Bottom Feeders, Microbes of the Deep

While many questions about the ocean remain unanswered, researchers have been able to understand the journey algae take when they die, namely floating to the ocean floor and settling with the rest of the deep-sea sludge. Given that this process is happening constantly in oceans all around the world, lots of algal remains accumulate on top of the bacteria living on the seafloor. Over time, this kills many of those bacteria. However, a peculiar bunch of these bacteria have been able to survive. To learn more about these mysterious organisms, biologists and geochemists collected drilled-out samples of seabed that represent hundreds of thousands of years of organic matter accumulation. As reported recently in a Proceedings of the National Academy of Sciences publication, researchers have made some remarkable observations about the microbial communities surviving beneath the seafloor sediment.


As the PNAS publication details, contrary to what you might expect, the bacteria surviving beneath thousands of years of algae do not seem to be evolving at all. This finding stems from the fact that the bacteria living in such an energy-deprived environment are reproducing at a glacial pace – incredibly slowly. In fact, researcher calculations estimate that it takes these bacteria hundreds of years to double in number, in contrast to the doubling in minutes that most bacteria we’re familiar with undergo. Logic suggests that because the seabed bacteria are reproducing so slowly, any adaptations that they may be pressured to experience do not have much of an opportunity to be expressed.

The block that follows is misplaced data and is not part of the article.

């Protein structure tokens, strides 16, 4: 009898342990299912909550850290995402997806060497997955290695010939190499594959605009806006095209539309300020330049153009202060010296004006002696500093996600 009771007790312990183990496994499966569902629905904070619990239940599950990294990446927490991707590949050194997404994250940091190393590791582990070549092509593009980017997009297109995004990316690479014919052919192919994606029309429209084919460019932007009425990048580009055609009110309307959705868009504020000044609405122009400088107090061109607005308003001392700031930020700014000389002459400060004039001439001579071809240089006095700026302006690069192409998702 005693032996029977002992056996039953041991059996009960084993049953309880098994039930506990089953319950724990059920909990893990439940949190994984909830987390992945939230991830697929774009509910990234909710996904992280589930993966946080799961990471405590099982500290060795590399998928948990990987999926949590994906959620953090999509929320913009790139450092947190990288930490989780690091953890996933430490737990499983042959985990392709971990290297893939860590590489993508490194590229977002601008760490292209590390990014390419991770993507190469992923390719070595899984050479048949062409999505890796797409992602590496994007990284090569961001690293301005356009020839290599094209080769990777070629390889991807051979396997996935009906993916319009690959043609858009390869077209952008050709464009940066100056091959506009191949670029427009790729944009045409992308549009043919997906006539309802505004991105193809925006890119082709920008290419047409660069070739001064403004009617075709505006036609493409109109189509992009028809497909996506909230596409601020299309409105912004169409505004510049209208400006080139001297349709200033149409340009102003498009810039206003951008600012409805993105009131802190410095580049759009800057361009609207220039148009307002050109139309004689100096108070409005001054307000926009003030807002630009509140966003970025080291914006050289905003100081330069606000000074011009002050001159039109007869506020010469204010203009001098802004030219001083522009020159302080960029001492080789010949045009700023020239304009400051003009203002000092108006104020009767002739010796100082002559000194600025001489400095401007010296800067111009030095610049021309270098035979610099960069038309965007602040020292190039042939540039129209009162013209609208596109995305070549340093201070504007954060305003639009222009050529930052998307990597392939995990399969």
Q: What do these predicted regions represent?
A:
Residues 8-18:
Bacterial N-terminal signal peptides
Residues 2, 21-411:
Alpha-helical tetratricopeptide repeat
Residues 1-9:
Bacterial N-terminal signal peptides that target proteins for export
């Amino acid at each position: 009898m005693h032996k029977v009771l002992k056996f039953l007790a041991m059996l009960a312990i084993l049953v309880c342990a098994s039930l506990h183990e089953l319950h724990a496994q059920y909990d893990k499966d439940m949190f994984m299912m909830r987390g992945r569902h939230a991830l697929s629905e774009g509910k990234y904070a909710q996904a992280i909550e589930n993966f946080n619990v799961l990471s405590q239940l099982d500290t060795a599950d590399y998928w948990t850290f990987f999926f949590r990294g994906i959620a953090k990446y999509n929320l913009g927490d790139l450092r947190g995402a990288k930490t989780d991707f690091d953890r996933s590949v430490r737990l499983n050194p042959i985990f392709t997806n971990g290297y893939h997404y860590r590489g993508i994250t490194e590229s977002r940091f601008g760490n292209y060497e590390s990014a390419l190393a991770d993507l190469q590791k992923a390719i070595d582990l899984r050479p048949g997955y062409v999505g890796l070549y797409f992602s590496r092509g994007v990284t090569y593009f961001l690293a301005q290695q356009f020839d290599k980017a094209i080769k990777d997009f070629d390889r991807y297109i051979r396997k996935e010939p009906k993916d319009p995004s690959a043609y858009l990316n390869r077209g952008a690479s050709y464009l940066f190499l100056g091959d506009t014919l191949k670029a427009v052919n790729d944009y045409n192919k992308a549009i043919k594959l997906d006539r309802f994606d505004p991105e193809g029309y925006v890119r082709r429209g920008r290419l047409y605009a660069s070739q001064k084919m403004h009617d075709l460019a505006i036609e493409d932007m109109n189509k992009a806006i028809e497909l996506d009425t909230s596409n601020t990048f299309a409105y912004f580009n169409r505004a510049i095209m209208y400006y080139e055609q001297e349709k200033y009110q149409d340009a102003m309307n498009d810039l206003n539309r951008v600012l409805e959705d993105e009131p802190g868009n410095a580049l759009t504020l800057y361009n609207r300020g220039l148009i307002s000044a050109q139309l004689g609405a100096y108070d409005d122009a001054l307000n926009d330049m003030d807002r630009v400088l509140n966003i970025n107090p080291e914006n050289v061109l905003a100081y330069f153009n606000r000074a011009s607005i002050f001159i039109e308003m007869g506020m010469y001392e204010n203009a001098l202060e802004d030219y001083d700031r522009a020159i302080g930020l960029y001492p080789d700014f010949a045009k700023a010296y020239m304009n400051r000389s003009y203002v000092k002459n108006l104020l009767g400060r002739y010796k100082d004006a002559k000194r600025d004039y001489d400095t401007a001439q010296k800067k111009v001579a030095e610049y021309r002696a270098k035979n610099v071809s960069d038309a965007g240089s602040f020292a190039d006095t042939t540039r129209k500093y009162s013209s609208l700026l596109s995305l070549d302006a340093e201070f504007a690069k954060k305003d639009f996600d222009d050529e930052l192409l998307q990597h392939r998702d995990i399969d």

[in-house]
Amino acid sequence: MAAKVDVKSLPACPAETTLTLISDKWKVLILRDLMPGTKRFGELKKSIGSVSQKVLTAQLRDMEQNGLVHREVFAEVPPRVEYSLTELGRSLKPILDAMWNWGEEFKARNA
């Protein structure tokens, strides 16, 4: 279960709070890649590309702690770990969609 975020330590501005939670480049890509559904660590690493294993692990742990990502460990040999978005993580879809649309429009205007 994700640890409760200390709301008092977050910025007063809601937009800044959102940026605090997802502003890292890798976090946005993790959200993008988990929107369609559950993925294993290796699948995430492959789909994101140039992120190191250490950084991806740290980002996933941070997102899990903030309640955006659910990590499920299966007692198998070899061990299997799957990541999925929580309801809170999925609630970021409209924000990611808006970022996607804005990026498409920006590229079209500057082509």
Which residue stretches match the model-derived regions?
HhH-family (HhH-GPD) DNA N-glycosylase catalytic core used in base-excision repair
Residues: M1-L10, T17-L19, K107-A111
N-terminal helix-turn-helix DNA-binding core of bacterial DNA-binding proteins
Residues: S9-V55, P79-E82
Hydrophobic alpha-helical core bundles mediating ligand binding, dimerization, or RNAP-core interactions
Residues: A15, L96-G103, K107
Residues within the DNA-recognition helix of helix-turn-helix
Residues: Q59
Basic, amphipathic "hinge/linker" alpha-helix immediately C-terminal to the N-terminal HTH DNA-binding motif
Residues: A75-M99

One hurdle to studying the fascinating organisms that live in one of the most challenging environments on the planet is their inability to grow in a Petri dish. This has forced researchers to get creative by analyzing bacterial DNA present in seafloor samples. By using carbon dating on seabed mud samples pulled from different depths, researchers can get a good idea of how the bacteria, living at these various depths, have changed over time. However, as this analysis showed, the DNA of the microbes that have been buried for thousands of years has not really changed. In other words, there were minimal genetic differences within a population of bacteria over time. Researchers suggest that these results mean that the microbes on the surface of the seafloor are very similar to those buried under thousands of years of sediment. Further, it means that the microbes that are surviving were primed for this existence from the beginning, so it is not likely that they adapted to it.


Another interesting question the scientists sought to answer is how active these bacteria’s metabolisms are. From analyzing the sediment that is about 400 years old, the scientists found that the bacteria would likely be capable of one replication per year. Digging even deeper, to the 5,000-year-old sediment, researchers estimated one replication would take about 100 years!


As is often the case with scientific research, these findings have generated more questions than researchers started with but that’s just science at its best.